Jordan: When I was 7, legendary dance callers Dudley and Jacqueline Laufman came to my school and called a contra dance, and something about the spirit of the fiddle music caught hold of me and didn’t let go. I started lessons with Jacqueline soon after. I was (and still am) a bit of a history nerd, so I particularly enjoyed the fact that the traditions were so old that George Washington had danced some of the same dances to some of the same tunes. I played for dances for several years, all the while finding myself drawn more and more toward the Celtic side of the repertoire. Eventually I found that I was doing more Celtic concerts than contra dances, but over 20 years later as a full-time musician I still try to keep both on my schedule.
Q: What have been some of your most important formative experiences as a musician?
Jordan: Playing for dances as a kid was huge. Everyone was so welcoming and encouraging, giving positive feedback long before I deserved it! Getting to actually participate in a tradition like contra dancing so soon after picking up the instrument made a big difference in my motivation. I wasn’t practicing just for the sake of it, I was learning tunes to perform with my mentors at next week’s dance.
The months I spent wandering and fiddling in Ireland also had a huge impact on my approach to music. I was blown away by the welcome I received at sessions and gigs across the country. I learned some great tunes and specific trad techniques, but more importantly I saw how open-minded the Irish people are to variations and new approaches to their music. The folks I played with were proud of their tradition and happy to share it, but they were also excited to play around with it a little bit. The idea that the tunes have to be played exactly the same way all the time seems far more prevalent among Americans playing Irish music than among the Irish themselves. The tradition is alive, breathing and evolving, not stuck or locked to what it was at some point in the past.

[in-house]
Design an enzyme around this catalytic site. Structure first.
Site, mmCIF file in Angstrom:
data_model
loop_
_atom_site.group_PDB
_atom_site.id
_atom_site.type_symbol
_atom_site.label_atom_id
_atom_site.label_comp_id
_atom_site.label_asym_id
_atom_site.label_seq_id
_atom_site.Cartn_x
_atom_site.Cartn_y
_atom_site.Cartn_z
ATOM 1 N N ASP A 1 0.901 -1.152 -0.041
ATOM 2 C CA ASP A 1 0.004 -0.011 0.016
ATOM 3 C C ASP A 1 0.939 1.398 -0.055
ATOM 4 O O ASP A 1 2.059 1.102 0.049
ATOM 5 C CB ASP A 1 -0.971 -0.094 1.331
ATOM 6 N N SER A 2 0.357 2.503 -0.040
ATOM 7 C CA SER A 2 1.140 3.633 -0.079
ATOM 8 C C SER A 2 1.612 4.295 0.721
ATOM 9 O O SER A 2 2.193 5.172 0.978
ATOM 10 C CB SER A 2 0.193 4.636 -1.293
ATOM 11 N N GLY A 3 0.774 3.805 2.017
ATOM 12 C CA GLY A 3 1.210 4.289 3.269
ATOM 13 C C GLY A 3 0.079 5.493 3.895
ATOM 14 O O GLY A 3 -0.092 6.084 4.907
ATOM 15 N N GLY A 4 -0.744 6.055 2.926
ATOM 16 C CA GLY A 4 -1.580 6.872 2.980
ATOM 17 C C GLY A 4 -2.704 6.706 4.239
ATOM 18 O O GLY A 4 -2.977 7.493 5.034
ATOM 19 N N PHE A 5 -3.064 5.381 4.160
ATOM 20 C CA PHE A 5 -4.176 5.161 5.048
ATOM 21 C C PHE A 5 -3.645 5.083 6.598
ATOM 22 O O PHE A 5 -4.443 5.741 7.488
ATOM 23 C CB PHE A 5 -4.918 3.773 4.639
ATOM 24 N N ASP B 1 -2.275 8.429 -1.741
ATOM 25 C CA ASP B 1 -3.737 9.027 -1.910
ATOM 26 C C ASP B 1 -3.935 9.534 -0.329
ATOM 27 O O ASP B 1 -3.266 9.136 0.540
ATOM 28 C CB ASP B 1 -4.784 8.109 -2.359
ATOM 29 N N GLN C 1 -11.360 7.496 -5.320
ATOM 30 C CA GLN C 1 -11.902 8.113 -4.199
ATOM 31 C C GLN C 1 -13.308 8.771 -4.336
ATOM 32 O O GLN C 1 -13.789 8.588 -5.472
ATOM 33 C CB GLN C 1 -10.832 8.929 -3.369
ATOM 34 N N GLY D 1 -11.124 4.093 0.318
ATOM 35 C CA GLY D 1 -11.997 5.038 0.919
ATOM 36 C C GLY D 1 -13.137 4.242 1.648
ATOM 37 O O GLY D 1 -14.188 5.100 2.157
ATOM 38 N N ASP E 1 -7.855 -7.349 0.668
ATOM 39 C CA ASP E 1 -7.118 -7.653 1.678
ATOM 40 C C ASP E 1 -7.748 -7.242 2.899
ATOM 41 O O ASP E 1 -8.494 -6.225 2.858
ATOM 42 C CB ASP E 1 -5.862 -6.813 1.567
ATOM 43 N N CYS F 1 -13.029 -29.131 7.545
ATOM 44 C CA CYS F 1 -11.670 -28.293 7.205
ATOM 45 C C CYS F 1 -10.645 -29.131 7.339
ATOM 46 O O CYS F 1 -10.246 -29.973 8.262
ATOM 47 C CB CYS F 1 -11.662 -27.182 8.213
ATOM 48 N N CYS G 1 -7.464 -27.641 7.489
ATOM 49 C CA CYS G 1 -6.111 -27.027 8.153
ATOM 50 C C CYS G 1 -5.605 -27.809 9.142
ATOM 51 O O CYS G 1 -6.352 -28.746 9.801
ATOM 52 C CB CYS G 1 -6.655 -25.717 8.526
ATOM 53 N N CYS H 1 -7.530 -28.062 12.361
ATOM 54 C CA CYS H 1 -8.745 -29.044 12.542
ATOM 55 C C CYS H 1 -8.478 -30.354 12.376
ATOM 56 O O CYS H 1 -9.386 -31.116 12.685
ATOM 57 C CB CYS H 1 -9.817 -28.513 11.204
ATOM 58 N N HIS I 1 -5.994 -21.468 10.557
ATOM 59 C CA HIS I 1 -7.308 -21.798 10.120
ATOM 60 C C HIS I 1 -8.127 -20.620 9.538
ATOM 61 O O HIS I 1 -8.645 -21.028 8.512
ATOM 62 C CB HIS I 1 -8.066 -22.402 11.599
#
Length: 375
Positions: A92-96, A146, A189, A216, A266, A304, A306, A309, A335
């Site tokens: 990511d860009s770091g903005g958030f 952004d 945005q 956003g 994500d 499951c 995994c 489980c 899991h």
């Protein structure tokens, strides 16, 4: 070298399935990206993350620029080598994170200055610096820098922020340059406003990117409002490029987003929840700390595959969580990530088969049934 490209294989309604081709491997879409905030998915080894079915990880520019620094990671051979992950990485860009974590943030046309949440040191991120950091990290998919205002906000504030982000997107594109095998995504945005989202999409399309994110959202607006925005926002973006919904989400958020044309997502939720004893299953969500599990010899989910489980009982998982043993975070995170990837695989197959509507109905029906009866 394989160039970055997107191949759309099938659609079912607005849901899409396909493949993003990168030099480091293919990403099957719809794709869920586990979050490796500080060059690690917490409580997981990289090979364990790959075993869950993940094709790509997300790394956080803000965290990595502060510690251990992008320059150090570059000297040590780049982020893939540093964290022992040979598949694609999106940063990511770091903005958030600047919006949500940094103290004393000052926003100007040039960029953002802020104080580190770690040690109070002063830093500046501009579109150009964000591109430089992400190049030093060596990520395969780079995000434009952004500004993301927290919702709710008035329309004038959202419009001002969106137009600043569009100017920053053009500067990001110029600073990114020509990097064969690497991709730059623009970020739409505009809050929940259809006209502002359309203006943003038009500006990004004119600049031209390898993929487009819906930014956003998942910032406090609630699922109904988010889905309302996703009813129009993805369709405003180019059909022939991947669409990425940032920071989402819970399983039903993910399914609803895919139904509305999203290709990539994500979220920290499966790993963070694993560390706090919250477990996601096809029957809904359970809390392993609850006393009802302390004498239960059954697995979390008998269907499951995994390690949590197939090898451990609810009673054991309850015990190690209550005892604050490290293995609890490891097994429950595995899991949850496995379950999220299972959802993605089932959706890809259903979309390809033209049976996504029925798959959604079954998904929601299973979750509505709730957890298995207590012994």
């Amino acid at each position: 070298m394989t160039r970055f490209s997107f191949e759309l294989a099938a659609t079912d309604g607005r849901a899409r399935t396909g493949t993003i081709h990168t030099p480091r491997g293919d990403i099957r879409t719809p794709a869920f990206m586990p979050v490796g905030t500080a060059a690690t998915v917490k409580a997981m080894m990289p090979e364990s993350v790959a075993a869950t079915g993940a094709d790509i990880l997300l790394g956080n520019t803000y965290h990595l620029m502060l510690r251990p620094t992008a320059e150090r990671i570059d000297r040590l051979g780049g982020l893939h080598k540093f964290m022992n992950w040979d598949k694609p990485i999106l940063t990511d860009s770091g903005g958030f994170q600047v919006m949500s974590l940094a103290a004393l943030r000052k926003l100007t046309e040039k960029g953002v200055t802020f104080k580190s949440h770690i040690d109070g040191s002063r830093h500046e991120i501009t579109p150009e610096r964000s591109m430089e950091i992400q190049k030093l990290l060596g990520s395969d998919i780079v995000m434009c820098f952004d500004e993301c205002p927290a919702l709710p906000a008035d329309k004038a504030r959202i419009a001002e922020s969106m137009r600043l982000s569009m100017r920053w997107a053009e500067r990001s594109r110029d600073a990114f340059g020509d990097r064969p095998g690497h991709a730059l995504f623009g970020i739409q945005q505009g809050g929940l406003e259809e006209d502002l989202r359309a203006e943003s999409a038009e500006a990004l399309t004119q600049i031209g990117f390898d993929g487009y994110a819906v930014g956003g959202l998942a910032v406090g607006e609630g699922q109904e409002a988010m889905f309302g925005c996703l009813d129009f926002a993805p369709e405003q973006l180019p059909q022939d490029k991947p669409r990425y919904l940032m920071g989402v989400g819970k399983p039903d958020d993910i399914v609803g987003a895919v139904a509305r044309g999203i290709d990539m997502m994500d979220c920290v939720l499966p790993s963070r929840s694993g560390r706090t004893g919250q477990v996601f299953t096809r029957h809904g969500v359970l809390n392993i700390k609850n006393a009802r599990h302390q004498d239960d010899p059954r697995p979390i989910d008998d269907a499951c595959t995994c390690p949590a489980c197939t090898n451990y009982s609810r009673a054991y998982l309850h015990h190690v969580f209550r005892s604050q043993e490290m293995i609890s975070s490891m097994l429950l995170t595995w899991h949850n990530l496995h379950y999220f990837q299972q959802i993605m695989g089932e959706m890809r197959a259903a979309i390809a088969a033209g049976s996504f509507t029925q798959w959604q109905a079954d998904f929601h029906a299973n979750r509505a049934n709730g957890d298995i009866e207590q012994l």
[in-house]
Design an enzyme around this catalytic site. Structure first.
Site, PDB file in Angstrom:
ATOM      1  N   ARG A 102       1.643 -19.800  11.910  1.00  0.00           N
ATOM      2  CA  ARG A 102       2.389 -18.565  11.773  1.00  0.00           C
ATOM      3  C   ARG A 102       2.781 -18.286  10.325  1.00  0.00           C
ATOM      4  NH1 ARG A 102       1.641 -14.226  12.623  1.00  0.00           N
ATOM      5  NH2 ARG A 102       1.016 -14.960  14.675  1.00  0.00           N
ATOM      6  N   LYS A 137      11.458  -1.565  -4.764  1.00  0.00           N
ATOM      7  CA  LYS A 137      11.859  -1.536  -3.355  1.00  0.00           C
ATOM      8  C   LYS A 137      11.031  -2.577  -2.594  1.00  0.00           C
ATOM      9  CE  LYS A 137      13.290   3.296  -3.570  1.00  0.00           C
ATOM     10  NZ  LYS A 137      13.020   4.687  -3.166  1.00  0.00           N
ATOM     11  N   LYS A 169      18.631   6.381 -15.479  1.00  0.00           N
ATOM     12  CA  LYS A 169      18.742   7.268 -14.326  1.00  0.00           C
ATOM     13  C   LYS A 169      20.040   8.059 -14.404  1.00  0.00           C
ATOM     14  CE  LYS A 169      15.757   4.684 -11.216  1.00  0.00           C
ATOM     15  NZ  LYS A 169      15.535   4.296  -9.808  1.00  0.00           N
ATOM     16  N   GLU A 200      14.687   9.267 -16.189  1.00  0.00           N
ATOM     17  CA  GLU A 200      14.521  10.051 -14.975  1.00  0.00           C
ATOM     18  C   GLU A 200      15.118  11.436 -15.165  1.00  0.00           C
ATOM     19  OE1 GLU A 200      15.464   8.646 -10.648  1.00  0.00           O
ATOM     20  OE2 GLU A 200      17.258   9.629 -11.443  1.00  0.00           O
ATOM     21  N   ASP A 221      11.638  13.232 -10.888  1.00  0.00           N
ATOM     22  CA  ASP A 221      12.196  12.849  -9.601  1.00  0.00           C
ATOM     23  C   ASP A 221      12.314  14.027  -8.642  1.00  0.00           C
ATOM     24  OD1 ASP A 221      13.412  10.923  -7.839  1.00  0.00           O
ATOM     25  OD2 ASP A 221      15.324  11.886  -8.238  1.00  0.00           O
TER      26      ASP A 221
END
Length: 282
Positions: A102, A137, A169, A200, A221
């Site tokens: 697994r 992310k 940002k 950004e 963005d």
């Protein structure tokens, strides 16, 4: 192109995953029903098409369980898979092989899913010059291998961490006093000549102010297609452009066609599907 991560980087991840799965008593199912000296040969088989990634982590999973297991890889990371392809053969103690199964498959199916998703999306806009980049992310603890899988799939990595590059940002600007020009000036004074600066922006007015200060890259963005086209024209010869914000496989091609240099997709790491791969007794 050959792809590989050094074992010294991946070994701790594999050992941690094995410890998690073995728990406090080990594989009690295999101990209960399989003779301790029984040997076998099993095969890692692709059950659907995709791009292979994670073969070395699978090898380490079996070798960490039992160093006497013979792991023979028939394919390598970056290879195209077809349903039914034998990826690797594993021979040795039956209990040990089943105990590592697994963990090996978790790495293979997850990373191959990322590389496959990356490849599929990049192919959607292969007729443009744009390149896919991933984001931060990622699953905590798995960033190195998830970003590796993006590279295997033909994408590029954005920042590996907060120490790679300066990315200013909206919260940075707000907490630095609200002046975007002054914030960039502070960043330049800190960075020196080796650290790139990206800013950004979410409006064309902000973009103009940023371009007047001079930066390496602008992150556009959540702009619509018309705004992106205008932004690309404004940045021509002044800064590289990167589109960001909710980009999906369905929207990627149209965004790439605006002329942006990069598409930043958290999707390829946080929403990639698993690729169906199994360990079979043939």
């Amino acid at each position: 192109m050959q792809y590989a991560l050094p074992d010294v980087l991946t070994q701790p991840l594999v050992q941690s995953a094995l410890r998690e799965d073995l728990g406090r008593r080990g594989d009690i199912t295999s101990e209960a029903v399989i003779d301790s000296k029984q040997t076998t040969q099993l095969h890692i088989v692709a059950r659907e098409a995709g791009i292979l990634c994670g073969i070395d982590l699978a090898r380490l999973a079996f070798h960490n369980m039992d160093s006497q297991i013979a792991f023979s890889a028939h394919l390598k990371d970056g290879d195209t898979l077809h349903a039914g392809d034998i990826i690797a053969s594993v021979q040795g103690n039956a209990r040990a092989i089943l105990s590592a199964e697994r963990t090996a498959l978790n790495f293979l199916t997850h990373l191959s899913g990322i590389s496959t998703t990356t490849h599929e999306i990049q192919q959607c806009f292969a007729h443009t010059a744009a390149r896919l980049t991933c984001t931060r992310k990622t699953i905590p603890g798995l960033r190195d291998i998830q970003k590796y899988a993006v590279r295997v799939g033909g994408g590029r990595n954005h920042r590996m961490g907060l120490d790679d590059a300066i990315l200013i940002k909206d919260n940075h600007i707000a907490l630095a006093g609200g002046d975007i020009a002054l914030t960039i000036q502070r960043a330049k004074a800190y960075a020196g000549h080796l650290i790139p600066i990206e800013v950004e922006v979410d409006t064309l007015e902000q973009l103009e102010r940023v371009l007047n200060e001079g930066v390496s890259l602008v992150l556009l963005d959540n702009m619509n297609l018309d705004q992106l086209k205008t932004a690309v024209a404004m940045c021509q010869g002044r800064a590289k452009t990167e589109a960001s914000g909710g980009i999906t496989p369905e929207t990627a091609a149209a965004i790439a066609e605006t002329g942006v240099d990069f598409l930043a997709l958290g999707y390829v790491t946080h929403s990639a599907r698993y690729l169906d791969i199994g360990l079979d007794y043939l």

Seeing this, I felt somewhat vindicated in my belief that there is room for reinterpretation and creativity even in ancient music, as long as it is done with the utmost respect and love for the tradition itself.
Q: Talk about your bandmates and what they contribute to the JTW Band sound.
Jordan: I am very lucky to have two such talented and guys to make music with: Matthew Jensen on guitar and Chris Noyes on bass. They’ve been playing together since high school and both went to school for music, so their understanding of theory far exceeds my own. This manifests itself in fun and interesting ways as we develop arrangements, particularly when it comes to working out vocal harmonies, or finding that elusive chord to really bring out some new subtleties in a melody. Neither of them had played much trad music before I got my hands on them and turned them to the dark side about five years ago, but they dove in head first and have worked hard to master the concept of trad accompaniment while bringing their own creativity and musical backgrounds into the mix. This is a big part of what makes our sound unique.